On a day when India maintained an all-win record, the 23-year-old, Simranjit Kaur’s bout with American Moore was the most entertaining one.
Shared News | Updated: November 18, 2018 11:50:48 am
In the 64 kg category, Simranjit had a tough outing against Amelia Moore of the US. Four judges ruled in favour of the Indian while one went for Moore. BFI
With Simranjit Kaur feeling the butterflies ahead of her World Championships debut, Raffaele Bergamasco came through with some effective last-minute coaching. “There was nothing technical, nothing tactical,” said Berganasco. “I just told her, ‘you’re an Indian woman. You have the heart and the mind. You go win’!”
Simranjit did, with authority. With a 4-1 win over American Amelia Moore in the 64kg category on Saturday, the 23-year-old posted the fifth win for India, and certainly the most exciting. As it turned out, there was more to Bergamasco’s advice than just simple pep talk.
“I looked at the fights of the opponent, and I saw that she is a slow-starter,” said Bergamasco. “So in the match today Simranjit was very, very aggressive.”
“Very, very aggressive” is putting it mildly. Simranjit, who hails from Chakar village, Ludhiana, came out swinging, and within the first 10 seconds stunned Moore with a left hook. She maintained the pace, pressured Moore and disengaged at the right time more often than not. Simranjit landed flush right crosses on the American to end the round, but buoyed by the cheers from the crowd including her teammates and family sitting in the Indira Gandhi Stadium stands and the adrenaline rush of the frenetic first round, she landed a deliberate jab well after the bell.
“She needs to control her energy,” said men’s high performance director Santiago Nieva, who admitted it was the most entertaining bout of the day as a spectator. “Simranjit used a lot of energy in that first round and the USA boxer came on a lot stronger in the second and third round.”
Proving Bergamasco right, Moore hit her groove after the slow start. The 28-year-old slipped many of Simranjit’s swings, countering them with straights and body shots, but she couldn’t slip them all. The Indian continued to connect with the hooks and started slipping in combinations. In a feisty exchange, she landed three straight body shot-left hook combos, and moved to straight one-twos afterwards to finish the second round.
Moore, thae 2017 national champion, however, had gas left in the tank. The American slipped and landed multiple lunging left hooks, putting in some dirty boxing with short punches in the clinch. But Simranjit knew enough to disengage, step back and counter an attacking Moore with uppercuts and crosses. The Indian lit Moore up in the last ten seconds, finished strong with a flurry of clean shots. It is to Moore’s credit that she stayed on her feet, but the American also showed that there are holes in Simranjit’s game to be exploited.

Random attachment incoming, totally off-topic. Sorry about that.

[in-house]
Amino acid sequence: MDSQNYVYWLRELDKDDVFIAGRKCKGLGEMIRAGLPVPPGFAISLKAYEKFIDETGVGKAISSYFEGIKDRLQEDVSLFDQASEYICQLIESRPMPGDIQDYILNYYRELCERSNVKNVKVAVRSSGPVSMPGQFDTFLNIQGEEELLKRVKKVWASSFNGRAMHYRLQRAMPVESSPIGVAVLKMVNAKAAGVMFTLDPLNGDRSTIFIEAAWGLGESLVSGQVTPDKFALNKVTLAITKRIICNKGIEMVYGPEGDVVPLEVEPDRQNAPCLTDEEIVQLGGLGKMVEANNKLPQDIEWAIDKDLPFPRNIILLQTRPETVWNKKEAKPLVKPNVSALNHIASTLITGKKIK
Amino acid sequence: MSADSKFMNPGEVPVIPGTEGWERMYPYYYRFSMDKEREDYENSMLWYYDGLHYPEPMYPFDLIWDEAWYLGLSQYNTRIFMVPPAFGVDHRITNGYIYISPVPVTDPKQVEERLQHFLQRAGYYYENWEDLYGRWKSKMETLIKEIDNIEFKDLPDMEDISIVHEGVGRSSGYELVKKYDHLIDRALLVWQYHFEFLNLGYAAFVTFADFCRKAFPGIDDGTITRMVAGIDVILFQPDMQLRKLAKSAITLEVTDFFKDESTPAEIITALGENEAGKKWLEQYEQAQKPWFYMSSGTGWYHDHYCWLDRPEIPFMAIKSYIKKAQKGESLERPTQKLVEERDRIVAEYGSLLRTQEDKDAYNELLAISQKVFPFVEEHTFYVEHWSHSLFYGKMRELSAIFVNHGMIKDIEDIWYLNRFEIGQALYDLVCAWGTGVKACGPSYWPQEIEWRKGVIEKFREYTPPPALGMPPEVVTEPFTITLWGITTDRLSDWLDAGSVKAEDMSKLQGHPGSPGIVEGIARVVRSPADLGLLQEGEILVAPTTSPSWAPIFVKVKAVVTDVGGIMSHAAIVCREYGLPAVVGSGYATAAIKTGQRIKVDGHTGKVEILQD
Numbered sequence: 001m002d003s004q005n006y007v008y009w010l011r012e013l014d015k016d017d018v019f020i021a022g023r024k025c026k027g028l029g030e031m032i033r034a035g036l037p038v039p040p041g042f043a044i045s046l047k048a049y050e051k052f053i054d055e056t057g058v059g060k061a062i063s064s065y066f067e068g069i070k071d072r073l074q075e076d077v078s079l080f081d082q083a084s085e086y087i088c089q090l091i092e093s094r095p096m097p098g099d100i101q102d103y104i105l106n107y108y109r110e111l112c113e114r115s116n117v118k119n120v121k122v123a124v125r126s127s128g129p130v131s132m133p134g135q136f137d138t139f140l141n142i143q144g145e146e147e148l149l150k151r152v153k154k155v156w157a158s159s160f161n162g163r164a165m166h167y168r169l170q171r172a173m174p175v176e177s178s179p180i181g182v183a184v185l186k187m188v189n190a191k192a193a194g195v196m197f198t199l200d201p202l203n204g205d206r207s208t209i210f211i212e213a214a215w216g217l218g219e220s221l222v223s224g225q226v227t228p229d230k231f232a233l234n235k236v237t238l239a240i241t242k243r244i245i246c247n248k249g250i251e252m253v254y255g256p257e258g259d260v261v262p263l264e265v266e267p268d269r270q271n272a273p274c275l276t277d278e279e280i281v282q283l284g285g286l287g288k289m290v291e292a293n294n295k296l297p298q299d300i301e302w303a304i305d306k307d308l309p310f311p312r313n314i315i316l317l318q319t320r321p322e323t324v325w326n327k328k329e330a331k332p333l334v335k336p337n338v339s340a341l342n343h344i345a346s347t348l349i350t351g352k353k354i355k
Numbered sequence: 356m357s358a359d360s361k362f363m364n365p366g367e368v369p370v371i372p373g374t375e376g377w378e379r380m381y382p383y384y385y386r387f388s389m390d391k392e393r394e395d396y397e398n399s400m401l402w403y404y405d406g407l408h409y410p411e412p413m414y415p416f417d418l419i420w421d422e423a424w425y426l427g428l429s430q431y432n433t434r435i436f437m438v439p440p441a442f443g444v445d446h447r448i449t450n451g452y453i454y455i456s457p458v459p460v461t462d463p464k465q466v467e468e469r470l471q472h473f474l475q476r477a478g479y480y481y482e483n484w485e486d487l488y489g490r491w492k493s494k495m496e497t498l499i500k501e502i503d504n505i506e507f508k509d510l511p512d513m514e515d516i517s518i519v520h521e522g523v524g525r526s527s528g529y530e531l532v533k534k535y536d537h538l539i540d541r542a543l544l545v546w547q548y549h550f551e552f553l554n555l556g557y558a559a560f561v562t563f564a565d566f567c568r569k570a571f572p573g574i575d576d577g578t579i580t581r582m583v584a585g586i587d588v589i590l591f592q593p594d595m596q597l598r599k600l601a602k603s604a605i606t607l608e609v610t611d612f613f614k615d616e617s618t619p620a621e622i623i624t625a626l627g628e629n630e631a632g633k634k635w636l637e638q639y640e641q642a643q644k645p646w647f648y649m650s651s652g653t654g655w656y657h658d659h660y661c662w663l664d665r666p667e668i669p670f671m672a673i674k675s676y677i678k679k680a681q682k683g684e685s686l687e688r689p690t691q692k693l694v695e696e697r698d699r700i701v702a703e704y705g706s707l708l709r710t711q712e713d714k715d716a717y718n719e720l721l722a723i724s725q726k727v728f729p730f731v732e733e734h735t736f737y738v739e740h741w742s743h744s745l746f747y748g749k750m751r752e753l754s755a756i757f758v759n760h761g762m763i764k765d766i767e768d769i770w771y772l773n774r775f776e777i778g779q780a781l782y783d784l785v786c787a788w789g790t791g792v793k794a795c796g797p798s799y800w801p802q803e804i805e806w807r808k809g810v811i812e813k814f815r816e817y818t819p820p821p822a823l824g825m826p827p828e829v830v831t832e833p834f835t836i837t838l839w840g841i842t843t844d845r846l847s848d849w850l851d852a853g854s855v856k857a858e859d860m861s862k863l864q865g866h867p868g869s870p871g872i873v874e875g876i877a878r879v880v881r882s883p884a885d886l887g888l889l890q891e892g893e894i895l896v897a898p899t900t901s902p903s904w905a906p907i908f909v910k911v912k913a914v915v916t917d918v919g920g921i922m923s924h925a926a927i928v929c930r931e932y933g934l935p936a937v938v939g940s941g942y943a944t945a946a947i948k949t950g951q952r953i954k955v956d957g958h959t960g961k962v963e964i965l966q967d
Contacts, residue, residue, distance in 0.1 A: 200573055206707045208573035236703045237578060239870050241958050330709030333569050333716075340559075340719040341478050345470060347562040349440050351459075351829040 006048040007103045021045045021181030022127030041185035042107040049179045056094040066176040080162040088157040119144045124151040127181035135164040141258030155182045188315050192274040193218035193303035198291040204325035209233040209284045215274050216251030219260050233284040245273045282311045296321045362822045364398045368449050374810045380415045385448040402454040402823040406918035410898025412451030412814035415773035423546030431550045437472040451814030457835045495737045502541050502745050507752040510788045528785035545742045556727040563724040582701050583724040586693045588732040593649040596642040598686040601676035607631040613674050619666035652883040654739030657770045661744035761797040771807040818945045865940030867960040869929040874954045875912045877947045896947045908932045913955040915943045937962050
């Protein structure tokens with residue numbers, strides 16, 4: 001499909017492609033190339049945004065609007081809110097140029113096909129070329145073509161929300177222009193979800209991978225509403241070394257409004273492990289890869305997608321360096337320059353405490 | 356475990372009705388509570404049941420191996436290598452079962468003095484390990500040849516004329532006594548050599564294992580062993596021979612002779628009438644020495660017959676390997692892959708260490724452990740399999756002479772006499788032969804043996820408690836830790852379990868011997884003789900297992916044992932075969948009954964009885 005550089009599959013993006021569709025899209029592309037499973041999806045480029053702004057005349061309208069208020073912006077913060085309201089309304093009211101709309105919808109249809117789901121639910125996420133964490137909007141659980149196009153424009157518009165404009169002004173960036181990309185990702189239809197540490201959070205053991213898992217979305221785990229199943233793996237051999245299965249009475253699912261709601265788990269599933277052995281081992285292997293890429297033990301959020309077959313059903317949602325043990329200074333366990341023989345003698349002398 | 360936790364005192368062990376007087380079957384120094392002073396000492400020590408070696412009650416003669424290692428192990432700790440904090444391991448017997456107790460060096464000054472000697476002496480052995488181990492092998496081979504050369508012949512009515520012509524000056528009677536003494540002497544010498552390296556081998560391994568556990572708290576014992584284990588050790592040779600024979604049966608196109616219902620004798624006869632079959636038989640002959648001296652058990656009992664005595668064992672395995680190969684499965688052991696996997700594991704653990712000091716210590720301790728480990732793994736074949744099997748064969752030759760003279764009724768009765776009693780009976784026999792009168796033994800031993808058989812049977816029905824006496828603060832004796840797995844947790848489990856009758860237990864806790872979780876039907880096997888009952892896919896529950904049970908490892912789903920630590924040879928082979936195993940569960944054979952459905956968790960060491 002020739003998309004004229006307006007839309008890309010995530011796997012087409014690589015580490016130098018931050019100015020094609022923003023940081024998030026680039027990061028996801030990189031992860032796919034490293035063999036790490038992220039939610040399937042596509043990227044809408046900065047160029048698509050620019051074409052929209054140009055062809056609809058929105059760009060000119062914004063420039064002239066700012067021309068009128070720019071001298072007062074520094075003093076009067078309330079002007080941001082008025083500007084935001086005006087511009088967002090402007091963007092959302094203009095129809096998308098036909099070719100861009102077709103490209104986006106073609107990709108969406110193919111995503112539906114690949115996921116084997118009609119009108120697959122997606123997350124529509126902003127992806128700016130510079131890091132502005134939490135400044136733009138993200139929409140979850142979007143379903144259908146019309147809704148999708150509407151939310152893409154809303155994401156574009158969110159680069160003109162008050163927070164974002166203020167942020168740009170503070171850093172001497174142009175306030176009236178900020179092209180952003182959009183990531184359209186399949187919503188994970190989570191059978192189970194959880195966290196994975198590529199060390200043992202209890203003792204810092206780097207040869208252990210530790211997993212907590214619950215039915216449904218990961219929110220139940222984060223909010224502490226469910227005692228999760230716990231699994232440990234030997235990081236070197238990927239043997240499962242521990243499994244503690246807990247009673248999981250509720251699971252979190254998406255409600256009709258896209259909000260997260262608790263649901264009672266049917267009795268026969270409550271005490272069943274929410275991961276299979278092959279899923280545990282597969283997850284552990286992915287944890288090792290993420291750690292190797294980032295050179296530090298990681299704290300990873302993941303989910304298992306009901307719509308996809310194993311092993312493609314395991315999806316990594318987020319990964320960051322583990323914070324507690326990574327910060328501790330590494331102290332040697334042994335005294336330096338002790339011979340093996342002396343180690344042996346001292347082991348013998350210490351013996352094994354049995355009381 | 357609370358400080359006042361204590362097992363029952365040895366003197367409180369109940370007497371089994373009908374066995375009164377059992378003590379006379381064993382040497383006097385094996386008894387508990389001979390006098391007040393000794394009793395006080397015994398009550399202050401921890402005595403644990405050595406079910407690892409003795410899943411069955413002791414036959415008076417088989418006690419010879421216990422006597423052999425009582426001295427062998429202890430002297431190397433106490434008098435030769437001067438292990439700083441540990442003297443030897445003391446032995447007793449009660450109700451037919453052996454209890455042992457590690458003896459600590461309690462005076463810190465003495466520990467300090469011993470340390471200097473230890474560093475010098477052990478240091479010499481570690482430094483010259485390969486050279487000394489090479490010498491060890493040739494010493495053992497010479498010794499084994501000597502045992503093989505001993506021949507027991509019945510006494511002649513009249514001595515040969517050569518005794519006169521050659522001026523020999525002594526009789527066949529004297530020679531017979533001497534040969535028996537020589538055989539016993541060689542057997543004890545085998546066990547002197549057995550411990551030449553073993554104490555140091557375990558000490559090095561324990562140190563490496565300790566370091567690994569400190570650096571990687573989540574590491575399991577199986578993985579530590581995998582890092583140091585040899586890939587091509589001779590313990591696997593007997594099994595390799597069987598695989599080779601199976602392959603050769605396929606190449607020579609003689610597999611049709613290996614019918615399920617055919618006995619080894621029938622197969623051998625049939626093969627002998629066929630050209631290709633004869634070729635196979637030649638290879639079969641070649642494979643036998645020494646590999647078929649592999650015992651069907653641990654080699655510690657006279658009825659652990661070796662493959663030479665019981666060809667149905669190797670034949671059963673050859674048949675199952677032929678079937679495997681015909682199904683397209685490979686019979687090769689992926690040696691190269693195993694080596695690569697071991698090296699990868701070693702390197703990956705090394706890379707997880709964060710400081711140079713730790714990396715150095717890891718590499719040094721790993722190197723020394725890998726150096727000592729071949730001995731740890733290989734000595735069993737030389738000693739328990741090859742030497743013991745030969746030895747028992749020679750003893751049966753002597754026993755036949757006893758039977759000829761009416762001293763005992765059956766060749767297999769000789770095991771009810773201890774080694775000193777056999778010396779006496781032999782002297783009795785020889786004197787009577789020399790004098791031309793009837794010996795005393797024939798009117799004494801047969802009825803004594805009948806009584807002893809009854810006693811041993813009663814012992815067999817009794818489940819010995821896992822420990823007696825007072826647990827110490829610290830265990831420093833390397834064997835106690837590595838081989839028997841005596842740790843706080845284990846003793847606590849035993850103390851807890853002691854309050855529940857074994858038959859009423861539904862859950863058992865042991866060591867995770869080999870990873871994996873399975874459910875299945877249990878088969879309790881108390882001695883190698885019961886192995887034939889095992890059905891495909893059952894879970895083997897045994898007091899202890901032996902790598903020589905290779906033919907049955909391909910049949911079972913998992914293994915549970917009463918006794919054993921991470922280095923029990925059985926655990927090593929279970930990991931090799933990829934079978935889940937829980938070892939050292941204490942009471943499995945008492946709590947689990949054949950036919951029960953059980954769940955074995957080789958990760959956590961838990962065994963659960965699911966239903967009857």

“It would be a helluva fight for the Indian girl to recover. She has a day to recover so that may help but she needs to recover psychologically,” said USA coach Billy Walsh, who has trained the likes of Katie Taylor and Clarissa Shields to Olympic glory. “You can’t think that just because you’ve defeated USA, you’ve won any. It will only get tougher against quality opponents.”
Simranjit, who wants to win a medal at the World Championships for her father who expired in July, wouldn’t have made the cut for the tournament without Bergamasco’s conviction.
“This bout was also important for me because I wanted her for this tournament. And the performance justifies her selection,” said Bergamasco. “She can’t keep boxing like this in every fight. But I am sure she can switch up her game for the next bouts.”
Mother Rajpal, who wanted Simranjit to be a self-sufficient sportsperson “in Punjab, where they kill girls for dowry”, was in the stands at her daughter’s behest.
“I have always been with her since a school tournament in Patiala. She wants that support in the stadium,” says Rajpal, who adds that since then, it has become easier watching her daughter get punched in the face. “Usko lagte hain, but saamne waale ko zyaada lagte hain!”
Sonia, Pinki make it 5/5
Pinki Jangra advanced in the 51kg category with a 4-1 win over Armenia’s Anush Grigoryan. Proficient at fighting in the inside, Jangra was flummoxed with her opponent staying at a distance initially. Save for a handful of crosses, Jangra had trouble landing with Grigoryan dishing out counters. Caught in the clinch, she also failed to throw any punches. But the 28-year-old used feints to draw out her opponent as the match progressed, and her clean counters earned her the win.
Earlier in the day, Sonia, 21, got a unanimous decision over Moroccan Toujani Doaa on her World Championships debut to advance to the 57kg pre-quarterfinals.